Unfortunately, some parks are targeted with graffiti and vandalism.  This causes concern for people who visit the park and the surrounding neighborhood.  Graffiti and vandalism bring down the enjoyment because it defaces the beauty of the park, but it also causes fear.  Parks that bear the burden of graffiti and vandalism lack the presence of security, which causes the park to no longer feel safe. In the same article mentioned above, personal safety was reported as a barrier to 17% of the people surveyed.  That means these people are not able to enjoy the park because of fears that they or the people they care about are not safe at the park.

 

Since parks are an important part of  quality life, it should be important to officials to safe guard the use of the parks for all communities and protect those who use them.  What are you doing to protect the parks?

Playground

Stop Park Vandalism

It is hard to believe that in this generation with all the education on protecting the environment and recycling that the graffiti problem and leaving trash at public parks even exists.  According to the Saint George News, Hurricane, jumping rocks located in Sand Hollow State Park, had to be closed for clean up due to accumulated trash and graffiti.  Sand Hollow State Park is a beautiful park with large rock and sandstone formations that are part of the Sand Hollow Reservoir.  The Sandstone formations are beautiful natural art pieces that sit on the water’s edge. The assistant park manager, Darren Tucker, indicated the area is being “marred by littering, graffiti, things being thrown into the water even.”   It is hard to believe this happened. Who would mar this beautiful area?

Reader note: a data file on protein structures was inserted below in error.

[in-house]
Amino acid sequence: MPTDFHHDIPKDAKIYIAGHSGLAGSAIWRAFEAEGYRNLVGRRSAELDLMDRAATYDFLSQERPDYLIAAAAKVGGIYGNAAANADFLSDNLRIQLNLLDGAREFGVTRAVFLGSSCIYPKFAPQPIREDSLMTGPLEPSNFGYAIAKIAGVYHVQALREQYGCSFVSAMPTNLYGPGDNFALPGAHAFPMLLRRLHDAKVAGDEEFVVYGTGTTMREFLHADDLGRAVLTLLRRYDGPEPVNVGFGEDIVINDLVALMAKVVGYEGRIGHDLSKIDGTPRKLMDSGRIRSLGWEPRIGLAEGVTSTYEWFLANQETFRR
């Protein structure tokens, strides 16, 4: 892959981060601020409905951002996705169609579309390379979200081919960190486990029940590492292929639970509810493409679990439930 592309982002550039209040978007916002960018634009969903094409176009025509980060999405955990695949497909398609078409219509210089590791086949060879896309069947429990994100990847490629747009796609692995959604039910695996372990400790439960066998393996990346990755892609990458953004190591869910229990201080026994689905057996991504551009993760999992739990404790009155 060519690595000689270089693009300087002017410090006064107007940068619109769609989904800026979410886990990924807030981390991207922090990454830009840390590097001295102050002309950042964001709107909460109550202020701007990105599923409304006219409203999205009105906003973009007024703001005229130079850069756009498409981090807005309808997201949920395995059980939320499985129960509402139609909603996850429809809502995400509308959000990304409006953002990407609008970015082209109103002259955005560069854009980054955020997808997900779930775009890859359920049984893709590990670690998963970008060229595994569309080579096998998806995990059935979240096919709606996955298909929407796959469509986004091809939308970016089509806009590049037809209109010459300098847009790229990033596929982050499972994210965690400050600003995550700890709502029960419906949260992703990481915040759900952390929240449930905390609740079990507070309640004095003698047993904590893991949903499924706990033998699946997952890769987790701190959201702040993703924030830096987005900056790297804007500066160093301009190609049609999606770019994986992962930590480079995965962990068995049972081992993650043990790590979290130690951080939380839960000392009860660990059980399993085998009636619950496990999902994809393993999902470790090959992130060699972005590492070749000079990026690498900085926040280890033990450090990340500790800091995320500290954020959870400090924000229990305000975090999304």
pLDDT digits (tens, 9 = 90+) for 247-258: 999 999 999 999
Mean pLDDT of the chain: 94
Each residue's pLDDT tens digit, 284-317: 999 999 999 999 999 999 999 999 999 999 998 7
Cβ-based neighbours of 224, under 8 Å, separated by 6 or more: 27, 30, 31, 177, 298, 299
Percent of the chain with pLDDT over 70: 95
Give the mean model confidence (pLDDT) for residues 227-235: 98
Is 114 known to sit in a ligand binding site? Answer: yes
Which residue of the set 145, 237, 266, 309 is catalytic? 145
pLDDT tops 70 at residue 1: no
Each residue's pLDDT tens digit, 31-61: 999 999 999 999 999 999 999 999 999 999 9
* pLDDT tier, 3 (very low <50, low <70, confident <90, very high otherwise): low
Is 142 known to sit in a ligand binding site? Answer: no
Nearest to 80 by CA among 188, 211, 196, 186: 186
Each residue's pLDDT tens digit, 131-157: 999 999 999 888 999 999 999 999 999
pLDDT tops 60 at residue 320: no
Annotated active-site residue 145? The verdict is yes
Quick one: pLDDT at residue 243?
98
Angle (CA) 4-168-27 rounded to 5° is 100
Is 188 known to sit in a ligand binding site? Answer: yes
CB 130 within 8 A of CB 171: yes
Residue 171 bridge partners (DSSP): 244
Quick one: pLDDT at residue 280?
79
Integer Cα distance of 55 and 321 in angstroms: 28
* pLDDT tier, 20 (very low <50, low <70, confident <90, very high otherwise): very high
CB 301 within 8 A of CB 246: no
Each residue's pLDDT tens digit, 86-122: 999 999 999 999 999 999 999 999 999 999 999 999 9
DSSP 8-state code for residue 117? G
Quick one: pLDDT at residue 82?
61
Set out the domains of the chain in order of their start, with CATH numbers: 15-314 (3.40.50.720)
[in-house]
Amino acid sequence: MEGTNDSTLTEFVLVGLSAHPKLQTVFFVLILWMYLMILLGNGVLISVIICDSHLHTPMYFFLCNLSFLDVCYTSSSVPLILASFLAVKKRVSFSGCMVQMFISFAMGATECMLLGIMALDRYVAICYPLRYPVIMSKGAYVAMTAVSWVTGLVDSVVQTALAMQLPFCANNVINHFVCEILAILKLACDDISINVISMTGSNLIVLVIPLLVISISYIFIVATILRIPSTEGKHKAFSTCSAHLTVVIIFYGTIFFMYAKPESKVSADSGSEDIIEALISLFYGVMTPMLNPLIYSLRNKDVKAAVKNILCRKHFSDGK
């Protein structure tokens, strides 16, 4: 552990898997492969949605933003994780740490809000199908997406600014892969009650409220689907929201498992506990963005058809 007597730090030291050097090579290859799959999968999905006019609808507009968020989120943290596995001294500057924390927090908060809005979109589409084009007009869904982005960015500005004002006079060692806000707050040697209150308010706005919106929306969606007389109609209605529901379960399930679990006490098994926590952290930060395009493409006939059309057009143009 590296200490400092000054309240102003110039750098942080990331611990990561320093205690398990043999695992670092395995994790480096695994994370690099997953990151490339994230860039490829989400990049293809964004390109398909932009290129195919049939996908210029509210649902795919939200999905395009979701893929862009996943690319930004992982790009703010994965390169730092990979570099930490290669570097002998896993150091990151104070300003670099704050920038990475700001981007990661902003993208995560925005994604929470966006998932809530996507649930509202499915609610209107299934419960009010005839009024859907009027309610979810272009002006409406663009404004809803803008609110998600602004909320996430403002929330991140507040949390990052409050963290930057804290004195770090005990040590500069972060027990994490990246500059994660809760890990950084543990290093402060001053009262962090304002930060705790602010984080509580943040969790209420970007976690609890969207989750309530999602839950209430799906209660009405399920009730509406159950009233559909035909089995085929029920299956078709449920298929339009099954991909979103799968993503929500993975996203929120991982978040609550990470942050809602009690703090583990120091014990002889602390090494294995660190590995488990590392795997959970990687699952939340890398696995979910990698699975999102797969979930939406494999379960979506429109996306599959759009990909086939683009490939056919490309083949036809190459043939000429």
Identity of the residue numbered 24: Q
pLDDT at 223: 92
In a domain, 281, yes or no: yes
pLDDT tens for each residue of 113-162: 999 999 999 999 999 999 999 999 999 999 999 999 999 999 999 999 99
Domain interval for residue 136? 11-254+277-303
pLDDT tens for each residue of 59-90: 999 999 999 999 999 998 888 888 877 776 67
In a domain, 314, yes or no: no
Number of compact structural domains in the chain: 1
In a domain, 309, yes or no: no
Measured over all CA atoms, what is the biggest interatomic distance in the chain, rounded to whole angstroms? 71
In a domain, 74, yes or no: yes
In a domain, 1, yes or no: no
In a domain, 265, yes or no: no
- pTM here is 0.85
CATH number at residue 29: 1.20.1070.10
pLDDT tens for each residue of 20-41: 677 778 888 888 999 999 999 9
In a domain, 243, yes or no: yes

And yet,  today more and more of our National Parks are getting tagged and marred. If our society is to leave a better world for the next generation, we need to do more than clean up after the fact.  Cleaning the graffiti introduces chemicals to the area which affects the air quality and the water, due to run off.  The chemicals could also enter and contaminate the in-ground water.  As the left behind trash sits in the sun, chemicals are released.  Our society needs to do better.

As a society what can we do? The Los Angeles Police Department has listed several ways an individual can help their community. Several to note are education, clean up, reporting and protecting. As most offenders are young, the LAPD encourages the public to volunteer in areas that educate the young that vandalism, which includes graffiti and illegal trash dumping, is a crime.  Volunteering also encourages the young to use their time for valuable moments rather than doing something that is hurtful to the community.  It is important we make our parks a priority.  What are some ways you can help stop graffiti and vandalism in our parks?